But when I went into the studio after that I must admit that I didn’t know if I could restart my career or if anyone would show interest in my music. However, I recorded the acoustic backing tracks for this album in a couple of hours needing only one or two takes, so that gave me a lot of confidence.

I had given all my instruments and demo recording equipment away in 1997 so I had to get everything again and this time I worked very hard to write the parts for the other instruments and even wrote a prelude and outro in the style of my favourite composer Michael Nyman who had offered to work with me back in the late 80s. But I thought he might not like my music so I didn’t take him up on his offer. ‘Pavane’ gave me the opportunity to write the short piece that I would’ve written for him and so I felt like I was being given a second chance. And I was determined to get things absolutely right this time so that there would be no need for re-recording old songs which I was forced to do in the past if I hadn’t got a good drum sound the first time round or some such. So this time I didn’t master the album until I had each track just the way I wanted it.  



Re-Animator from 2006

By the time I came to record ‘ReAnimator’ all my old confidence had returned and I had been reunited with my band plus the bass player and cellist/violinist of Canterbury rock band Caravan. I also decided that instead of recording a collection of individual songs I would try to find a unifying theme and plumbed for the stories of H.P.Lovecraft. In the end there were a few songs which wouldn’t fit into Lovecraft’s world but I had four that would (‘Charles Dexter Ward’, ‘Arkham’, ‘Cthullu’ and the title track) plus one Lovecraft inspired instrumental (‘Abdul Alhazred’) and one by Poe (‘Valdemar’) so it worked very well as a ‘concept album’ although the combined tracks didn’t tell a single story (something I later did on ‘Grimm’ and will hopefully do again for the ghost stories of M.R.James sometime in the near future).  

Incidentally, the addition of a mellotron on several tracks fulfilled a long held ambition of mine (none were to be found in the 80s or 90s) and gave those tracks a suitably dark-infinite-regions-of-space sound, making the album one of my personal favourites.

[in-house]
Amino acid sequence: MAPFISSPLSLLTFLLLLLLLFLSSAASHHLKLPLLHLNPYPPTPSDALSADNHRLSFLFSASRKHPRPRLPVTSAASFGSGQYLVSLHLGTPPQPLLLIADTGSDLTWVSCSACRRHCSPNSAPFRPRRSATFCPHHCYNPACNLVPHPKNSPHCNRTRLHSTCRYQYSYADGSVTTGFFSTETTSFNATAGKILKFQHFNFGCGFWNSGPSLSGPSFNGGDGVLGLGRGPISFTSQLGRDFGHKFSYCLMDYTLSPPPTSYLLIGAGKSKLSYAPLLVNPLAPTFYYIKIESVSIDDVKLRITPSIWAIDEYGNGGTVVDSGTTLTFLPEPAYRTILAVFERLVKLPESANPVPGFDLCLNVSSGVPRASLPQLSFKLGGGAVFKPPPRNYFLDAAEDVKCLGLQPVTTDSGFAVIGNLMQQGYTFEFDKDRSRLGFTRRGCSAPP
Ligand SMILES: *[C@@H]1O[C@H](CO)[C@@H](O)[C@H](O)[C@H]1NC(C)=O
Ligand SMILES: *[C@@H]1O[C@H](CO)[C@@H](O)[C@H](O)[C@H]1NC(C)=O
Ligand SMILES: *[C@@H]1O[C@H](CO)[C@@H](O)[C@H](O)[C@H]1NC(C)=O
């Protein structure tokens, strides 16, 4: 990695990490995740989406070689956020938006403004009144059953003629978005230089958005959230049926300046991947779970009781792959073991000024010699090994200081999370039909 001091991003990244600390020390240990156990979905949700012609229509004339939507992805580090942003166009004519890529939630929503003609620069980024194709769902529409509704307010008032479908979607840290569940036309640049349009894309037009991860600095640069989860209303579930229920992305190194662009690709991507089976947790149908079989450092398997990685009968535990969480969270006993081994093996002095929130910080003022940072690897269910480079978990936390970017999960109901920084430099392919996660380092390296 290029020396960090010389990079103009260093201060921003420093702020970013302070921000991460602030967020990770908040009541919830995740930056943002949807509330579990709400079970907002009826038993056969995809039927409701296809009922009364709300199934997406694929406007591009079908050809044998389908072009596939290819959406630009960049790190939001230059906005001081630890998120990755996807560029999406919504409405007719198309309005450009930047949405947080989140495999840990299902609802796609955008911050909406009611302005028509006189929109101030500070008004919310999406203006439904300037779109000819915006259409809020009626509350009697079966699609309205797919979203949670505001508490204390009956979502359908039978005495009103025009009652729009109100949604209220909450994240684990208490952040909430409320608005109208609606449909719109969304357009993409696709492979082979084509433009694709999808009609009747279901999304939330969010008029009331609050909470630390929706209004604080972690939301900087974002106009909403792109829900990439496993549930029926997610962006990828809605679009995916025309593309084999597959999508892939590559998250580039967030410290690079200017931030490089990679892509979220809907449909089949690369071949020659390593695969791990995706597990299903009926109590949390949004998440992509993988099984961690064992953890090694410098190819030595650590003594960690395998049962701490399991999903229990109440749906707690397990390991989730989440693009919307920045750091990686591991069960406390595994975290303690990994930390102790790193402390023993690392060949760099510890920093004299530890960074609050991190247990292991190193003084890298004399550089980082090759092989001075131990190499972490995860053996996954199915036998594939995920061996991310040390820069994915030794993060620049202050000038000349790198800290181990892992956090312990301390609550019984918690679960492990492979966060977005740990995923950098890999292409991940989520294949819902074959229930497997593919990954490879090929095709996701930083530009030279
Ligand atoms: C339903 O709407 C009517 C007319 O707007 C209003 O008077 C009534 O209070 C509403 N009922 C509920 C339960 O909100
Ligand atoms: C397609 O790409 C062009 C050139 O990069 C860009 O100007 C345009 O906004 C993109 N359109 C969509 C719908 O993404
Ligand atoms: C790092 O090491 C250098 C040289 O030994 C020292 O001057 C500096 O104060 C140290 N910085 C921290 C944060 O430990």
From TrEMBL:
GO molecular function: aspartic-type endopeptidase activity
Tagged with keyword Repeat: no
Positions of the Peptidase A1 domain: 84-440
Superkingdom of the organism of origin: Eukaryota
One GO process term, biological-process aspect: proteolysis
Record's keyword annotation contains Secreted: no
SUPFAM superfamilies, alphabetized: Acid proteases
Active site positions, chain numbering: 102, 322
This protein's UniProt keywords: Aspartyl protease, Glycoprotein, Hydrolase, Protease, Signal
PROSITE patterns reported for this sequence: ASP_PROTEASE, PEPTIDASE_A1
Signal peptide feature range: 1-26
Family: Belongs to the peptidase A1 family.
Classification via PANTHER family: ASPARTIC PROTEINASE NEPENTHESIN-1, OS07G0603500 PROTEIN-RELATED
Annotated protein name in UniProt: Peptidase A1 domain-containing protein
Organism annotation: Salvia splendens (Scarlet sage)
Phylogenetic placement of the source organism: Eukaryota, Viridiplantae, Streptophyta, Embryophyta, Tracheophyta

Nevermore from 2008

By 2006 I had emigrated to Germany in the hope of collaborating with new musicians and finding a live club and festival scene that would welcome me, but just before I went I recorded ‘Nevermore’. It was finished in Germany thanks to the contribution of a very talented musician, Nico Steckleberg who added some very nice touches and also created the cinematic atmospheric instrumental ‘The Last Voyage of the Nautilus’ from the rough demo that I sent him and some detailed instructions. That experience of collaboration and the fact that I met other like-minded musicians in Germany gave me the idea to create a new soundtrack for a series of silent movies and release these on DVD, but unfortunately after a year working on a new soundtrack for ‘Haxan – Witchcraft Through The Ages’, the Swedish film institute who claimed to own the copyright to this Public Domain film blocked its release so we have a finished film with new inter-titles, narration and music all ready for release but no means of doing so!  


Grimm from 2011

Rather than record another studio album I decided to record ‘Grimm’ on my own in my own studio and play all the parts myself as it didn’t require drums. Also, this time all of the music fitted the chosen theme which was the fairy tales of the Brothers Grimm. The time constraints and space limitations of a three minute song prevented me from squeezing the plot of each story into a single song, but instead I think I managed to convey the essence of the story and also say something about human frailty and other traits which means that these are not merely songs on a fairy tale theme. They have other levels of meaning if you listen carefully.